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ORIGINAL ARTICLE
Year : 2019  |  Volume : 5  |  Issue : 3  |  Page : 141-146

Estimating a reliable cutoff point of 1-propanol in postmortem blood as marker of microbial ethanol production


1 Laboratory of Forensic Medicine and Toxicology, Faculty of Medicine, School of Health Sciences, University of Ioannina, Ioannina, Greece
2 Laboratory of Medical Physics, Faculty of Medicine, School of Health Sciences, University of Ioannina, Ioannina, Greece

Correspondence Address:
Vassiliki A Boumba
Laboratory of Forensic Medicine and Toxicology, Faculty of Medicine, School of Health Sciences, University of Ioannina, 451 10 Ioannina
Greece
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Source of Support: None, Conflict of Interest: None


DOI: 10.4103/jfsm.jfsm_8_19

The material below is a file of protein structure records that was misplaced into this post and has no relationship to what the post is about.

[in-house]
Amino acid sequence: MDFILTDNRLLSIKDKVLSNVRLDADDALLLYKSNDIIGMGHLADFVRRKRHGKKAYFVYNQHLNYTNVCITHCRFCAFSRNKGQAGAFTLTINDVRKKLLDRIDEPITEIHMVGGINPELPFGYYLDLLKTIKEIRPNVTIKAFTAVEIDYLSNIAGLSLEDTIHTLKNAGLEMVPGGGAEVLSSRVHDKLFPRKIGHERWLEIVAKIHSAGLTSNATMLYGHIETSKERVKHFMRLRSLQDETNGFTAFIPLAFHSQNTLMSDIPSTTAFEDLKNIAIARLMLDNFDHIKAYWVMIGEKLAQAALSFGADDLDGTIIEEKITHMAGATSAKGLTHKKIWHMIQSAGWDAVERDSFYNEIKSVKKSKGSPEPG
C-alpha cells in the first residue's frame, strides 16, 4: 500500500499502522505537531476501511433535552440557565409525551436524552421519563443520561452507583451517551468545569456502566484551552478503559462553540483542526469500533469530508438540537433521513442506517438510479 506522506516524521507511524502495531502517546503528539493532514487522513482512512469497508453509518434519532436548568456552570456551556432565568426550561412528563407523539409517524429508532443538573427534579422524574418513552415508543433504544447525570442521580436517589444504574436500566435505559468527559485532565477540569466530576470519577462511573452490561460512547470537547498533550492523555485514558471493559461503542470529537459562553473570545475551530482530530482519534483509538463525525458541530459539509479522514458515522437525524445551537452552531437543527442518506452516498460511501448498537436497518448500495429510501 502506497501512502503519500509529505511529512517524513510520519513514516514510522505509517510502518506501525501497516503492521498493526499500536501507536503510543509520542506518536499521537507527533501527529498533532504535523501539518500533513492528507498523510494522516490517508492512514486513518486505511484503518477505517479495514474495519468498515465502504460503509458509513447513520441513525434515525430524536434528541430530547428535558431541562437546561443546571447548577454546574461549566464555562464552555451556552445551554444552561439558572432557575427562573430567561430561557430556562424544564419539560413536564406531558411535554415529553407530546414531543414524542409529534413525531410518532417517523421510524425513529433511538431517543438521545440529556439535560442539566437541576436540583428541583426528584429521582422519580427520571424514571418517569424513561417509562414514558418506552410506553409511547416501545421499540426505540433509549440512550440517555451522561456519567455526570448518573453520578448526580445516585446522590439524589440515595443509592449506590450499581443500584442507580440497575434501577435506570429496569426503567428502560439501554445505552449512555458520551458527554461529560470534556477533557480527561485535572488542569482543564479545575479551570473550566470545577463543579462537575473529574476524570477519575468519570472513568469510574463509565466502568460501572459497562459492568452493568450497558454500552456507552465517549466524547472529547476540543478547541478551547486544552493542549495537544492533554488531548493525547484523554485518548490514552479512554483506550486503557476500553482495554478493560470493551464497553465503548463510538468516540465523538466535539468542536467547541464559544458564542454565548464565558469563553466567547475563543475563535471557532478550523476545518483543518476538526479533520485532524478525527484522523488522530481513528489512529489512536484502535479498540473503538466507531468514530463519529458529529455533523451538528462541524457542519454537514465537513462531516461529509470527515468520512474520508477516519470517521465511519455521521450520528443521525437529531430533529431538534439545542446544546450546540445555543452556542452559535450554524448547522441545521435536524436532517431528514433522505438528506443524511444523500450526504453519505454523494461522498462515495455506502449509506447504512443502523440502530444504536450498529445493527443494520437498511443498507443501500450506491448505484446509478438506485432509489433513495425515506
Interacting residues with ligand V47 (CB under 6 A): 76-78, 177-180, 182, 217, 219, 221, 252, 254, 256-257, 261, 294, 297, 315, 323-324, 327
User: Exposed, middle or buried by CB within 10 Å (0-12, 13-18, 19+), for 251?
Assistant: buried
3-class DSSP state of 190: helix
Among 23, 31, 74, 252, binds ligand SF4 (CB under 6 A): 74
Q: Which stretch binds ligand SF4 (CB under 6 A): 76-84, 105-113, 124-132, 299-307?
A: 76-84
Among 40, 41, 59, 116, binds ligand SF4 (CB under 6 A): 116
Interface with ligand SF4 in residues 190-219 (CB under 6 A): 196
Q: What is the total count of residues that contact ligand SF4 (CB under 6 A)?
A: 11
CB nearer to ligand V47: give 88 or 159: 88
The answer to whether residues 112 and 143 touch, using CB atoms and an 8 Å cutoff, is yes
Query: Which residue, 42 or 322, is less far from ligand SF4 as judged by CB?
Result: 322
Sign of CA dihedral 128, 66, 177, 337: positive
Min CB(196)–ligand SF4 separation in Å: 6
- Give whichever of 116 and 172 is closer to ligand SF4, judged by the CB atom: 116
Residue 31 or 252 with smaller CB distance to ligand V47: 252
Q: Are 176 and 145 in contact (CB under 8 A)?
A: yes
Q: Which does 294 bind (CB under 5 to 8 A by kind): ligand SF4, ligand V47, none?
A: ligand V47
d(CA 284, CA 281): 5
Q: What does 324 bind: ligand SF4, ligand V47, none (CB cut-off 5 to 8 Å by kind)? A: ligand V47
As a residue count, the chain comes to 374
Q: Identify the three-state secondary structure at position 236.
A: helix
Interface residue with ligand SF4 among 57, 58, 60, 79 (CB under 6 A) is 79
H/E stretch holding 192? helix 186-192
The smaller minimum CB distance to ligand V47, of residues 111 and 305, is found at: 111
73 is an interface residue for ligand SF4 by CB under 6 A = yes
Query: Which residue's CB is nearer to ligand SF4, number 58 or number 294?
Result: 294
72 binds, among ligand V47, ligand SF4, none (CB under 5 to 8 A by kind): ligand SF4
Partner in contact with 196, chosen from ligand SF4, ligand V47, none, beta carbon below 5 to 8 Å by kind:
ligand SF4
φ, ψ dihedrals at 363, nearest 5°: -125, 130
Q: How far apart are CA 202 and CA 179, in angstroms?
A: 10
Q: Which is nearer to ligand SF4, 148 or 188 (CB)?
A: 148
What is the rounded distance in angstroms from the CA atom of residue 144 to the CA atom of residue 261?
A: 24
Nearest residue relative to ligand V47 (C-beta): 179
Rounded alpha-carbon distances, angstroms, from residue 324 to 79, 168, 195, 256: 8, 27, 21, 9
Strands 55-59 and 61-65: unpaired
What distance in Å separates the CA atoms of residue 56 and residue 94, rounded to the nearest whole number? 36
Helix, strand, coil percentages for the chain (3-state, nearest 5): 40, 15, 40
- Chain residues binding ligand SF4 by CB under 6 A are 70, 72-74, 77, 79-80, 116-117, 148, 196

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The interpretation of the ethanol analysis results in postmortem cases may be challenging when the origin of postmortem ethanol (antemortem ingestion or microbial production) is under dispute. In this study, we investigated the suitability of blood 1-propanol cutoff concentration as a reliable marker for the discrimination between “positive” and “negative” for postmortem ethanol production (PEP) autopsy blood samples by performing receiver operating characteristic (ROC) analysis. The results indicated that a threshold 1-propanol concentration of 0.104 mg/dL had an area under the curve of 0.90 (standard deviation = 0.03), sensitivity of 79%, and specificity of 91% for predicting PEP with 95% confidence interval. This means that the positive for PEP autopsy blood samples yield significantly differentiated PEP than approximately 90% of the controls. The estimated concentration of 1-propanol is an applicable threshold (cutoff) value for autopsy blood 1-propanol to discriminate between “positive” and “negative” samples for PEP. We named this threshold 1-propanol concentration (of 0.104 mg/dL) as “1-propanol criterion.” In an effort to test its applicability to postmortem cases, we evaluated blood ethanol and 1-propanol from 222 postmortem cases records. The results showed that 10% of the tested samples were positive for PEP, and only a few of them were from bodies with signs of putrefaction at autopsy. This finding indicates that PEP in a corpse could take place before the appearance of obvious putrefaction. We suggest the ROC-based calculation of the 1-propanol cutoff concentration, at 0.104 mg/dL, as an effective method for “flagging” blood samples as positive for PEP irrespectively of the presence or not of putrefaction.


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